# Question: In criminal trials e g murder robbery driving while impaired etc

In criminal trials (e.g., murder, robbery, driving while impaired, etc.) in the United States, it must be proven that a defendant is guilty beyond a reasonable doubt. This can be thought of as a very strong unwillingness to convict defendants who are actually innocent. In civil trials (e.g., breach of contract, divorce hearings for alimony, etc.), it must only be proven by a preponderance of the evidence that a defendant is guilty. This makes it easier to prove a defendant guilty in a civil case than in a murder case. In a high-profile pair of cases in the mid 1990s, O. J. Simpson was found to be not guilty of murder in a criminal case against him. Shortly thereafter, however, he was found guilty in a civil case and ordered to pay damages to the families of the victims.

a. In a criminal trial by jury, suppose the probability the defendant is convicted, given guilt, is 0.95 and the probability the defendant is acquitted, given innocence, is 0.95. Suppose that 90% of all defendants truly are guilty. Given that a defendant is convicted, find the probability he or she was actually innocent. Draw a tree diagram or construct a contingency table to help you answer.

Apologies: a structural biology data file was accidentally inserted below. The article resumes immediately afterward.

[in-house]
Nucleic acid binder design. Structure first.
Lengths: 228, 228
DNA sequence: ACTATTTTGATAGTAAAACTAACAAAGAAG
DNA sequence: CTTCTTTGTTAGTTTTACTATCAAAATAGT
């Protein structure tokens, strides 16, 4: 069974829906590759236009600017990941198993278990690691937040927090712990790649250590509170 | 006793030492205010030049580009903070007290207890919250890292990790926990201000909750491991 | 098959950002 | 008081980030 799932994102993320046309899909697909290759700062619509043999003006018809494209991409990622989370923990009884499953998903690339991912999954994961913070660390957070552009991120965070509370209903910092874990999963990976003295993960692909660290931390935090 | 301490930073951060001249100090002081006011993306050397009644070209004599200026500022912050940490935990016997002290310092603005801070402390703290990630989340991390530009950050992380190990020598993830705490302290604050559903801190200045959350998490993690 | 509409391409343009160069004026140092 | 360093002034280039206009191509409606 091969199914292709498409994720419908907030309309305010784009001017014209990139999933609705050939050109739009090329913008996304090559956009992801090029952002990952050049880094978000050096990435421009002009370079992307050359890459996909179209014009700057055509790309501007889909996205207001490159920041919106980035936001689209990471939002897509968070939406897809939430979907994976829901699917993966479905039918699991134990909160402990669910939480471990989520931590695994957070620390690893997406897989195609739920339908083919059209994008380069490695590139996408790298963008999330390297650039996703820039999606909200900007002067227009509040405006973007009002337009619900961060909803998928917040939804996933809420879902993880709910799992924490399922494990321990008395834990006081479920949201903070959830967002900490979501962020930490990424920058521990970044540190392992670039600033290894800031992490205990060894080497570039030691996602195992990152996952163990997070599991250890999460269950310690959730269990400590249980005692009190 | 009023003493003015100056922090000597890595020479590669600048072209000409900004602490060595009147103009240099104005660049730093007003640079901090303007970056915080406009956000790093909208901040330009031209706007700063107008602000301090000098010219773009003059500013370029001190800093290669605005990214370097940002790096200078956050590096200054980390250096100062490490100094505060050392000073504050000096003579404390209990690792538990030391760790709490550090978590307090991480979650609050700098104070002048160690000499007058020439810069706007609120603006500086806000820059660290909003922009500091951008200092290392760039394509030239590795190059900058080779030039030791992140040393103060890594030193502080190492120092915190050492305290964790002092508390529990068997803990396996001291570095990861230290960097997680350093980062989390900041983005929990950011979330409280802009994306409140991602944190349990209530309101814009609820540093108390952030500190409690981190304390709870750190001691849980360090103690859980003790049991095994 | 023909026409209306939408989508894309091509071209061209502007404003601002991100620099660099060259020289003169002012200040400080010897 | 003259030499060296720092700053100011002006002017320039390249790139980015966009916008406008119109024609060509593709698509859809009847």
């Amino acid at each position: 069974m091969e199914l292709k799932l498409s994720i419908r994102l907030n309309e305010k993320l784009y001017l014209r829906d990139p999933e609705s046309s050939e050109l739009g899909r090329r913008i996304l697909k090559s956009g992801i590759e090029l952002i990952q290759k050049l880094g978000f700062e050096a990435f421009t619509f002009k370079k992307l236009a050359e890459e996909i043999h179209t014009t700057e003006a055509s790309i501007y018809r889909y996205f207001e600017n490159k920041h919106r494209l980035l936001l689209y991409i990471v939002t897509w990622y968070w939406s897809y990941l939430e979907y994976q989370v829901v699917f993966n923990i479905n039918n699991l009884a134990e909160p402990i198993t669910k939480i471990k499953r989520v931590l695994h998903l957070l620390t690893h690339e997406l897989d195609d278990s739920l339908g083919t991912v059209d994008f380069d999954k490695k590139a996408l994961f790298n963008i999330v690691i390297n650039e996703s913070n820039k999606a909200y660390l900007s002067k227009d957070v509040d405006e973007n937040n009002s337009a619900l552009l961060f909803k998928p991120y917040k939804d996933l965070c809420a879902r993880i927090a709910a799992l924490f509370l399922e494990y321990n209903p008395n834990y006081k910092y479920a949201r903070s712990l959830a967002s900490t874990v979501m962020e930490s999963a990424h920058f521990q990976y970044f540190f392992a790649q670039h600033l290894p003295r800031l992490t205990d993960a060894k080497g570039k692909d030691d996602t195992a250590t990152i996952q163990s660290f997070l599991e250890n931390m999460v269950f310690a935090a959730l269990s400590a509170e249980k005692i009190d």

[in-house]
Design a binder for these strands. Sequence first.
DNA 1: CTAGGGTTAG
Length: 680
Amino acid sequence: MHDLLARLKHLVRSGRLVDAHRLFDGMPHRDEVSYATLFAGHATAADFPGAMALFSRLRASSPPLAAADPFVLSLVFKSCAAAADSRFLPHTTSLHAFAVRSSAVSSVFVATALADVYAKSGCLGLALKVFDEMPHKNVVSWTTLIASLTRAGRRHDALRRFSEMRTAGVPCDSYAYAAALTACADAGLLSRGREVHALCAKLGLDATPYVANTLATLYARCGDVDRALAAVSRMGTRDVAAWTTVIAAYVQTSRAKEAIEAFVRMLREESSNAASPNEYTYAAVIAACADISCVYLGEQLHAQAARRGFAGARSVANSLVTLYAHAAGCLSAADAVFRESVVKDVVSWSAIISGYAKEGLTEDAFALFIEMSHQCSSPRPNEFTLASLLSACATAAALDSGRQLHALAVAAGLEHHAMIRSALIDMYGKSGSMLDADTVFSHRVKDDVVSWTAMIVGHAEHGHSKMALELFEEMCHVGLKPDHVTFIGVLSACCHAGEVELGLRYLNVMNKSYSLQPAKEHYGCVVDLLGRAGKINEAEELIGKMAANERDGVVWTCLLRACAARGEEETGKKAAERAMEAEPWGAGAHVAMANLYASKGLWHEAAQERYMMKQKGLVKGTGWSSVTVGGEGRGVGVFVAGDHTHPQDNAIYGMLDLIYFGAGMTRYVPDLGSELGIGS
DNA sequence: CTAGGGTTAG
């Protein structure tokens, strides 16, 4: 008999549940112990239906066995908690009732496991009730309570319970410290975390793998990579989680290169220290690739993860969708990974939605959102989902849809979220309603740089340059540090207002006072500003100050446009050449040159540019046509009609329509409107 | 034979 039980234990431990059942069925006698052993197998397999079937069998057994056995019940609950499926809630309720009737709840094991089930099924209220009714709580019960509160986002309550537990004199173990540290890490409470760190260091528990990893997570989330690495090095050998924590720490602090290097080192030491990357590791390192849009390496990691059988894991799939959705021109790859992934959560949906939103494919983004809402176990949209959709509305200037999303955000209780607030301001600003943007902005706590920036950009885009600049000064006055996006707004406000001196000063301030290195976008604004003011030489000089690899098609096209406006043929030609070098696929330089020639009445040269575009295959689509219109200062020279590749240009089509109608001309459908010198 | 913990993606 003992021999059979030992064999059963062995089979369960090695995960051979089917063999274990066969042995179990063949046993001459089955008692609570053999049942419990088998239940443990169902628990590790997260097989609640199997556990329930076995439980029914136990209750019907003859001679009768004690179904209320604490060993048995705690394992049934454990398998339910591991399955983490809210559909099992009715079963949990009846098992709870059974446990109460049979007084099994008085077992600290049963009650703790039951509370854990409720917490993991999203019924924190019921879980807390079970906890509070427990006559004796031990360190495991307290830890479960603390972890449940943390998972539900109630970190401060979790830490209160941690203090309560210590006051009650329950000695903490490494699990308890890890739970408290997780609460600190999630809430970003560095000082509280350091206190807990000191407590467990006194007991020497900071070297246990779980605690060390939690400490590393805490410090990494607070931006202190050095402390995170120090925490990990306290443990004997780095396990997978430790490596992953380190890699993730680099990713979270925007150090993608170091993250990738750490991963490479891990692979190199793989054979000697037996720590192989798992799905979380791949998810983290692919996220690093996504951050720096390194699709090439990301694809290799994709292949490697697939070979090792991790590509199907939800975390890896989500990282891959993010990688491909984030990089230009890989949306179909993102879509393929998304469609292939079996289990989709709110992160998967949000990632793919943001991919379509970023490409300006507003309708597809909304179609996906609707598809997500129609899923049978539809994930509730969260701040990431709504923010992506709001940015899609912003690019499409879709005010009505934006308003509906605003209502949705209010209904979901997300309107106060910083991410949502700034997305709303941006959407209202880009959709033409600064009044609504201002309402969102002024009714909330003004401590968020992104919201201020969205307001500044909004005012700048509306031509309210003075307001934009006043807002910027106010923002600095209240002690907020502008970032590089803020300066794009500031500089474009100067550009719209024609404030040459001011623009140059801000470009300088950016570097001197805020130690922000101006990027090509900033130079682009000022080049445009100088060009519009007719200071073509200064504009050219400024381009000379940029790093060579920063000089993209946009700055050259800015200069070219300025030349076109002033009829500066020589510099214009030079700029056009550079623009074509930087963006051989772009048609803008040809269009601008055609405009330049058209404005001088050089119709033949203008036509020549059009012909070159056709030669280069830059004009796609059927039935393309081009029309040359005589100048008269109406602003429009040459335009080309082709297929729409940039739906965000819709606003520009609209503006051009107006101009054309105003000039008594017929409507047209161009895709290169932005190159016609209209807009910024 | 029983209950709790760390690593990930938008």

b. Repeat part a, but under the assumption that 50% of all defendants truly are guilty.

c. In a civil trial, suppose the probability the defendant is convicted, given guilt is 0.99, and the probability the defendant is acquitted, given innocence, is 0.75. Suppose that 90% of all defendants truly are guilty. Given that a defendant is convicted, find the probability he or she was actually innocent. Draw a tree diagram or construct a contingency table to help you answer.

a. In a criminal trial by jury, suppose the probability the defendant is convicted, given guilt, is 0.95 and the probability the defendant is acquitted, given innocence, is 0.95. Suppose that 90% of all defendants truly are guilty. Given that a defendant is convicted, find the probability he or she was actually innocent. Draw a tree diagram or construct a contingency table to help you answer.

b. Repeat part a, but under the assumption that 50% of all defendants truly are guilty.

c. In a civil trial, suppose the probability the defendant is convicted, given guilt is 0.99, and the probability the defendant is acquitted, given innocence, is 0.75. Suppose that 90% of all defendants truly are guilty. Given that a defendant is convicted, find the probability he or she was actually innocent. Draw a tree diagram or construct a contingency table to help you answer.

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